Working to Reduce Antipsychotic Medication
A broad category of medications, called psychoactives or psychotropics are administered by physicians in skilled nursing centers. The term psychoactive is an all-encompassing description which includes mood stabilizers (anti-manic agents), anti-depressants, anti-anxiety, hypnotics and antipsychotics.
Many CAHF members took part in a national effort to safely reduce the unnecessary use of antipsychotic medication in skilled nursing homes by 15 percent by December, 2013.
According to the Centers for Medicare & Medicaid Services (CMS), as of Q3 2013 California providers reduced the use of antipsychotic medication by 18 percent! 2014 Antipsychotic Partnership Report
At the end of 2013, the rate of antipsychotic use in California nursing facilities was 16.6 percent compared to the national average of 20.7 percent. Chart
We believe the number of residents that are being prescribed antipsychotic medication can be reduced and we continue to explore ways to prevent and manage difficult behavior without medications.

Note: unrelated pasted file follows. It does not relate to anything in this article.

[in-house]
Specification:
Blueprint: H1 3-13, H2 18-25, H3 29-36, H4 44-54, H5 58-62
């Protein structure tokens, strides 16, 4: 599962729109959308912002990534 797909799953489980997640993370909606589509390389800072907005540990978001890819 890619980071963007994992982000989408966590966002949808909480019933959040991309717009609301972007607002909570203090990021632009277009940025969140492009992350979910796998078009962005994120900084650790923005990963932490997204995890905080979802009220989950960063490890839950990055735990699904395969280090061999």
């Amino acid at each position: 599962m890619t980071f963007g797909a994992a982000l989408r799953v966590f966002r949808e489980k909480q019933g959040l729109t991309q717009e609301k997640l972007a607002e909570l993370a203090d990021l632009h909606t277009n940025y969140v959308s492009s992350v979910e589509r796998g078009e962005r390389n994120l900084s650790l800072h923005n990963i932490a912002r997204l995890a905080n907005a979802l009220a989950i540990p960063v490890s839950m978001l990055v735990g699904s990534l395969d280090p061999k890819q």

The use of antipsychotic medication to treat behavior associated with dementia is not supported clinically and is considered off-label by the FDA, which issued a “black box” warning for the elderly with dementia.
Long-term care doctors in skilled nursing settings strive to offer the best care possible using the least amount of medication. When medications are appropriate, physicians must carefully weigh the dangers against the individual benefits starting with the lowest dose possible. Physicians are also required to reassess the use of psychoactive drugs on a quarterly basis.
In addition, the resident or a representative must provide informed consent regarding the use of these medications, except in emergencies.
The use of psychoactive medication is legal and strictly regulated by the state and federal government.